From an early age, Shakur Stevenson craved competition. As the story goes, from the time he was a toddler he and his grandfather Wali Moses watched fight tapes together every morning right after breakfast. As a boxing coach, Wali would critique the fighters on the screen, and Shakur would imitate what he saw, shadowboxing throughout the house.
As Shakur became a fighter like the ones he watched on TV, he wasn’t satisfied just fighting the local or even national opponents, so Wali and co-trainer Kay Koroma, consistently sought out optional international tournaments—Stevenson wanted to face the Russians, the Ukrainians, the Cubans.
In the finals of the 2016 Olympics, he met the very best Cuban in his weight class, Robeisy Ramirez. Though the two fought on even terms, it was Ramirez who was awarded the 2-1 decision and a second gold medal.
It’s that moment that shaped Stevenson as a professional athlete, and only further intensified his hunger for both competition and validation. His amateur career ended with the feeling and the public billing that he was second best, something he can’t go back and erase.
“When I lost in that Olympics, it kind of turned me into an animal,” Stevenson said in the Top Rank Certified interview series released by the promotional outlet on Monday. “From that point on, I knew I was going to never feel that feeling again. I think that it’s very early for me still. I want the world to know that I was one of the best boxers ever to do it, so I gotta keep training, keep getting better.”
This Saturday, Stevenson faces Namibia’s Jeremiah Nakathila with the interim version of the WBO’s super featherweight title on the line. Both the opponent and the title at stake are less than what Stevenson desires.
Stevenson is a -5000 favorite on some sportsbooks, and even in promotional appearances to help bring attention to the event, there has been nary the suggestion that he is in a significant degree of danger. On April 28, Stevenson was a guest on Hotboxin’ With Mike Tyson, a plum booking reserved for the sport’s biggest and most interesting stars, and perhaps the one boxing-oriented talk show that can honestly claim to reach an audience outside of pure boxing hardcores.
As Tyson watched film of Nakathila with Stevenson, he offered a bold assessment.
“Hey listen, if this guy lays a glove on you, you should retire,” said Tyson. “That guy couldn’t hit you if you were blindfolded.”
“Yeah, you’re right about that,” Stevenson said laughing.
Stevenson is generally regarded as one of the most talented fighters in the sport, and in particular, one of its slickest defensive operators. However, while he is rich in acclaim from critics, he has found himself lagging behind some of his contemporaries in terms of accomplishments and attention, through no fault of his own.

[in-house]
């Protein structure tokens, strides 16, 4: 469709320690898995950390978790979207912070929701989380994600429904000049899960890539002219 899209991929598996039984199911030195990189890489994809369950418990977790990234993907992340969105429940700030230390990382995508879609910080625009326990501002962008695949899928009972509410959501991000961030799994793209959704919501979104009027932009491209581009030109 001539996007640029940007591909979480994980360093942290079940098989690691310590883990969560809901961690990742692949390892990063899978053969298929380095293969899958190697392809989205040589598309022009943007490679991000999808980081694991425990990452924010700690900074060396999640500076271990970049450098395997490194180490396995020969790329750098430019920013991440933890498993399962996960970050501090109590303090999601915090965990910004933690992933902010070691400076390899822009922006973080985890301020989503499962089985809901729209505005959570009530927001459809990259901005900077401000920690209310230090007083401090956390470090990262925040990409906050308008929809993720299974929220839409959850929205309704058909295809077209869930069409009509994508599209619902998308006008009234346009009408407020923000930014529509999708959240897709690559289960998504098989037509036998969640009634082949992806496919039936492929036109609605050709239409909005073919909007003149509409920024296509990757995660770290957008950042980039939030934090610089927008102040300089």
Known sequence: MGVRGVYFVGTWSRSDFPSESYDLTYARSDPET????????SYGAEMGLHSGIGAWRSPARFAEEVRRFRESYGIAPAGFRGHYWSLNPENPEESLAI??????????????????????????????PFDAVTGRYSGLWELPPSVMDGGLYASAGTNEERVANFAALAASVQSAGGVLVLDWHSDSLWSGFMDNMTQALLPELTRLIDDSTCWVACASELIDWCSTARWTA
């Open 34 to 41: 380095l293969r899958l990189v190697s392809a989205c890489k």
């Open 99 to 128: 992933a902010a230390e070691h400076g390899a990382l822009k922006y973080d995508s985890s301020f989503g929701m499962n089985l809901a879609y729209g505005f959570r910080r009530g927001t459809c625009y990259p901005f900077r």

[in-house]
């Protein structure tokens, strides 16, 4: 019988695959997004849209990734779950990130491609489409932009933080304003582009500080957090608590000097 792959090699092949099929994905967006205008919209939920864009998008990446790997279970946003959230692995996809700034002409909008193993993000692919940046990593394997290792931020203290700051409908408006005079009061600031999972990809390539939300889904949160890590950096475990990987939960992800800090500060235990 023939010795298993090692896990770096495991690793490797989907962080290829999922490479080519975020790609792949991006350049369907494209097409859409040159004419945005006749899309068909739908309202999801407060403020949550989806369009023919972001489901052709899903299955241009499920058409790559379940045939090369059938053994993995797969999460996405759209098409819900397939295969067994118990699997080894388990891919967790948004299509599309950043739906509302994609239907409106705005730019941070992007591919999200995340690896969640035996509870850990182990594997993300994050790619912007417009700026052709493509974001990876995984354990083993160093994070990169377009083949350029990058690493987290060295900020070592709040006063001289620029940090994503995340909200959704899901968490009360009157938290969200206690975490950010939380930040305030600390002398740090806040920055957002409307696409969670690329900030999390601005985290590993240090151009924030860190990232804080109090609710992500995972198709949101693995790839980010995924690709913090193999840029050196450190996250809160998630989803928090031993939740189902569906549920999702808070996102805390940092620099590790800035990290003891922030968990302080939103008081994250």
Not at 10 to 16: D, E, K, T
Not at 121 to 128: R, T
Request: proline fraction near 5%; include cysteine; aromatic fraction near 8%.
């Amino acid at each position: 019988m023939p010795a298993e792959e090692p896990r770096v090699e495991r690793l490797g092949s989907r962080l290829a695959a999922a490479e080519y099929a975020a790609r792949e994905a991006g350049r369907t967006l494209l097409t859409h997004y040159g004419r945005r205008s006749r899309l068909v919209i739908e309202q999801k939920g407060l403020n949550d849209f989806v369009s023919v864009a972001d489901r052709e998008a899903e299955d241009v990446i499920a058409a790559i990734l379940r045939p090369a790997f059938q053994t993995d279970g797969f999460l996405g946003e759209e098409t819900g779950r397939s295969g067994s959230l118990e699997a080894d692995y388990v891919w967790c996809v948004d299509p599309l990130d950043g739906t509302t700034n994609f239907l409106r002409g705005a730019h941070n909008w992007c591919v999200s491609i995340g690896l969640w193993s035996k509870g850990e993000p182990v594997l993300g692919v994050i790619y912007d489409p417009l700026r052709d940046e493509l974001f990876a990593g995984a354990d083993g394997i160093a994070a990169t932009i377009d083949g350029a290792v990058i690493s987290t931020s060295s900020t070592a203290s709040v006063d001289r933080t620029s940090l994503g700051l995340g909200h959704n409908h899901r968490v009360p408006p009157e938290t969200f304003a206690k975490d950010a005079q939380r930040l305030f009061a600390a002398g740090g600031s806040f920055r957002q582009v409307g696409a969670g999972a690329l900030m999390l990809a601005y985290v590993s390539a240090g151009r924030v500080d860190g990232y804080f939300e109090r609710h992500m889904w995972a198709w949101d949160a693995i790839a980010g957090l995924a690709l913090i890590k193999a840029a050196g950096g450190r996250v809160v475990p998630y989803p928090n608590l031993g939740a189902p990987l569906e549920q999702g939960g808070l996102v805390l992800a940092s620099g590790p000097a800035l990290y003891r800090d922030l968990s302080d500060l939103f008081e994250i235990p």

In his last bout, Stevenson dominated Toka Kahn Clary in a bout announced a month before it happened. Prior to that, Stevenson was one of the first fighters of note to compete during the pandemic, stopping Felix Caraballo. When other fighters were rightfully hesitant about fighting with unknown variables and a then-unfamiliar situation in the Top Rank Bubble, Stevenson stepped up and beat the opponent made available to him.
All the while, he’s been asking for more. As far back as early 2019, Stevenson has been calling for a bout with now-WBO super featherweight champ Oscar Valdez, who left the 126-pound division before it could materialize. Now that they are again in the same weight class at 130, Stevenson has been calling for it again, in addition to a fight with WBO super featherweight titleholder Jamel Herring. A video recently went viral on boxing Twitter of Stevenson in a restaurant shouting at Herring and being restrained while the latter sat with a lobster bib around his neck awaiting his dinner.
Herring in particular insists the confrontation, and a subsequent one in the gym, was in jest, and there does indeed seem to be a playfulness to their rivalry. However, Stevenson feels compelled to put a show like that on for a reason. While the video was amusing in a vacuum, it was still emblematic of the boiling impatience Stevenson has within him when it comes to landing a big fight—one where his implied win probability according to the betting odds isn’t 98%.
Stevenson’s promoter Top Rank can’t be accused of either mishandling him or coddling him—rather, this is a situation in which a 15-0 fighter is particularly talented and dominant, and simply feels they are already too advanced for what would be a reasonable rate of progression for any other fighter.
Unfortunately, the boxing public tends to lump Stevenson in with other young fighters in his weight neighborhood like Gervonta Davis, Teofimo Lopez, Devin Haney and Ryan Garcia, all of whom have more fights than him and have also benefitted from recognizable opposition. What they also benefit from is the noise they have created amongst one another, constantly calling one another out and creating interest in fights between them, even if they’ve yet to materialize.
It would appear that Stevenson has taken note, and has begun making more noise himself. In addition to calling for bouts with Valdez and Herring, he’s also thrown another name onto his wish list: Vasyl Lomachenko.
“I would love to fight him,” said Stevenson. “I think he’s too small for 135. I think he should come down to 130. I think he would beat everyone at 130 except me and (Gervonta Davis).”
The amateur from Newark who would go anywhere to find the best fight hasn’t changed in that respect, and sooner or later, if he keeps looking, he’s going to find it.